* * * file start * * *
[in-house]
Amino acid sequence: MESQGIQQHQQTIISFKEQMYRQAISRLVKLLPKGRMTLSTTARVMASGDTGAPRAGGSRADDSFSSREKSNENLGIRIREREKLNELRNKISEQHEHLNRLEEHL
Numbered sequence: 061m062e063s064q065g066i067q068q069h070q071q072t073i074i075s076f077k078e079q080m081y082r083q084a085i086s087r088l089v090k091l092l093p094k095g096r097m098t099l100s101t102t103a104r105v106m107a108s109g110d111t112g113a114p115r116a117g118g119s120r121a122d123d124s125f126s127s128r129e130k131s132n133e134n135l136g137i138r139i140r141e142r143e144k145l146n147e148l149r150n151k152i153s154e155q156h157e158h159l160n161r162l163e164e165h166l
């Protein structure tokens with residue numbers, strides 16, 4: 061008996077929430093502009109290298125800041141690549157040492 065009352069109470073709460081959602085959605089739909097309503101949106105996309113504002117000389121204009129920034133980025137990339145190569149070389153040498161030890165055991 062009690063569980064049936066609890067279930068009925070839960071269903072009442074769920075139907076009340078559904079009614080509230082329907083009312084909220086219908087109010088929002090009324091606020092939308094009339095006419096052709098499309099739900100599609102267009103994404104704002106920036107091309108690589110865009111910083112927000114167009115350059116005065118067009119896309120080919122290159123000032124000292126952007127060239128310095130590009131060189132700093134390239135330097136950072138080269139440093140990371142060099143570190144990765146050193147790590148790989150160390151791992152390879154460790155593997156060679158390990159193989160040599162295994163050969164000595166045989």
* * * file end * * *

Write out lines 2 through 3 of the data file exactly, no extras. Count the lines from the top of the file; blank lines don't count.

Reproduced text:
Amino acid sequence: MESQGIQQHQQTIISFKEQMYRQAISRLVKLLPKGRMTLSTTARVMASGDTGAPRAGGSRADDSFSSREKSNENLGIRIREREKLNELRNKISEQHEHLNRLEEHL
Numbered sequence: 061m062e063s064q065g066i067q068q069h070q071q072t073i074i075s076f077k078e079q080m081y082r083q084a085i086s087r088l089v090k091l092l093p094k095g096r097m098t099l100s101t102t103a104r105v106m107a108s109g110d111t112g113a114p115r116a117g118g119s120r121a122d123d124s125f126s127s128r129e130k131s132n133e134n135l136g137i138r139i140r141e142r143e144k145l146n147e148l149r150n151k152i153s154e155q156h157e158h159l160n161r162l163e164e165h166l